One of the most dramatic moments in President Obama's State of the Union was his attack on the Supreme Court with the justices arrayed in front of him. "Last week, the Supreme Court reversed a century of law to open the floodgates for special interests--including foreign corporations--to spend without limit in our elections," Obama declared. This prompted Justice Samuel Alito to shake his head and mouth the words "not true." Alito had good reason to feel defensive--he replaced Justice Sandra Day O'Connor, who recently criticized the 5-4 Citizens United campaign finance decision and suggested she would have voted the other way--and bloggers are already attacking Alito's inappropriate intervention as a "You lie!" moment. Even more significant is what it says about Obama's welcome readiness to attack the Court's conservative majority for its judicial activism in the future. The conservative justices may have calculated that they could strike down campaign finance restrictions without provoking a full-blown presidential backlash. But it takes only a few high-profile presidential attacks to tar a Court as activist in the eyes of history. During the 1930s, the Supreme Court upheld a great deal of FDR's economic recovery program, but the New Deal Court is remembered today as a group of unprincipled activists because of just a handful of high profile decisions that FDR prominently attacked.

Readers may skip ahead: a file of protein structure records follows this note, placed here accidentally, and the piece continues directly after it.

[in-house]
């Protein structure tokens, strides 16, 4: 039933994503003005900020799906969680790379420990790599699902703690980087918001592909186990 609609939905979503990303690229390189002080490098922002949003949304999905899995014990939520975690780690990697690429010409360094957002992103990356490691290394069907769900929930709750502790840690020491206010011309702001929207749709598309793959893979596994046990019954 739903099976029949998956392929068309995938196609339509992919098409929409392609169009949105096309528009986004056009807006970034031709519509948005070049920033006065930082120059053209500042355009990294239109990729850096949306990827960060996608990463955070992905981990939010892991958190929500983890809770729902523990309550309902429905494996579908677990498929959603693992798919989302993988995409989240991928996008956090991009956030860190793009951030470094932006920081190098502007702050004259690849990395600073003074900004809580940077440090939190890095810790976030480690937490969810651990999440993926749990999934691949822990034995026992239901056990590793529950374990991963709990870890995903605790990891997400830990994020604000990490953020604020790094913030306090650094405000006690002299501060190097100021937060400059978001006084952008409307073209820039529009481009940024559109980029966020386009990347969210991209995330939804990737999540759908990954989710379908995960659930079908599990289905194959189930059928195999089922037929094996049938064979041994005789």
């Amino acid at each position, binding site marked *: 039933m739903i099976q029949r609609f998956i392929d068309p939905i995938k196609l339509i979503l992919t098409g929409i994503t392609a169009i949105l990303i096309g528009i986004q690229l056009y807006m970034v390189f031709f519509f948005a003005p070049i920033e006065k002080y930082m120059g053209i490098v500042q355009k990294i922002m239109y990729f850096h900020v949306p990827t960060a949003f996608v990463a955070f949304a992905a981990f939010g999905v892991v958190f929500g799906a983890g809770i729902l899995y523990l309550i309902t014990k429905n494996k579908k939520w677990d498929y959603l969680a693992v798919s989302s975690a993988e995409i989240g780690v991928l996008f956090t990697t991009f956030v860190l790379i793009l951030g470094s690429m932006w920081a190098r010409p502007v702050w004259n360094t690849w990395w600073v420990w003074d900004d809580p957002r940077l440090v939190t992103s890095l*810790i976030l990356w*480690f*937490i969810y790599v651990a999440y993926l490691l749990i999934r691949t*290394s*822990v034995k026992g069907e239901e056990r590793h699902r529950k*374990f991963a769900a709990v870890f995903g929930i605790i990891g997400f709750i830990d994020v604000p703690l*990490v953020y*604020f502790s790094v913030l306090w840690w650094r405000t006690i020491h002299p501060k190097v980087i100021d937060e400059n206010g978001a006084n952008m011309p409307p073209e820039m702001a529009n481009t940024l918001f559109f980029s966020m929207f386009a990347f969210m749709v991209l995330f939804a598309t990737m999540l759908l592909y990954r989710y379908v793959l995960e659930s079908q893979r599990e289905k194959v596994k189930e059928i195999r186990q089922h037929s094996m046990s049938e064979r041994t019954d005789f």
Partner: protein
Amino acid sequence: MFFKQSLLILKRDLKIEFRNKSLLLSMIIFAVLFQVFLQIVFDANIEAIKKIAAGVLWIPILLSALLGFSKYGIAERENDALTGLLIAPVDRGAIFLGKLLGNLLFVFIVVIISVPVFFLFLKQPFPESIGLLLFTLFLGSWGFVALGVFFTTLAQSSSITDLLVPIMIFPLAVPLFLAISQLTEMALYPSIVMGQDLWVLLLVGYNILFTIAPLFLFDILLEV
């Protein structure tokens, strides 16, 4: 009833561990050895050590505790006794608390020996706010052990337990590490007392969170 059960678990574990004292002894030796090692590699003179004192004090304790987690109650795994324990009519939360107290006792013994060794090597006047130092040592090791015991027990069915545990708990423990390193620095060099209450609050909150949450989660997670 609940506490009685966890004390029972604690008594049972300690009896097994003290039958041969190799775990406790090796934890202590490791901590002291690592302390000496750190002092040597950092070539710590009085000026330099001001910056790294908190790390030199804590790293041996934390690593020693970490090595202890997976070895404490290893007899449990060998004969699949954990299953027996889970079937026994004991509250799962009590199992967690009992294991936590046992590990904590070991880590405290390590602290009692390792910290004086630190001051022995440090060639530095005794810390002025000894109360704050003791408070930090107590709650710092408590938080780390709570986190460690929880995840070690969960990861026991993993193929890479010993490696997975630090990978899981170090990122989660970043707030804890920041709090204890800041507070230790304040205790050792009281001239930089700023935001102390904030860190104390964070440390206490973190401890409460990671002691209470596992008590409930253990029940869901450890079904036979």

It's a relief to see former Professor Obama having the nerve to stand up for judicial restraint and to criticize the conservative justices to their faces. If the justices don't take the criticism to heart, they're headed toward a full-blown confrontation with the White House and Congress that won't end well for the Court.
Jeffrey Rosen is legal affairs editor at The New Republic and president and CEO of the National Constitution Center.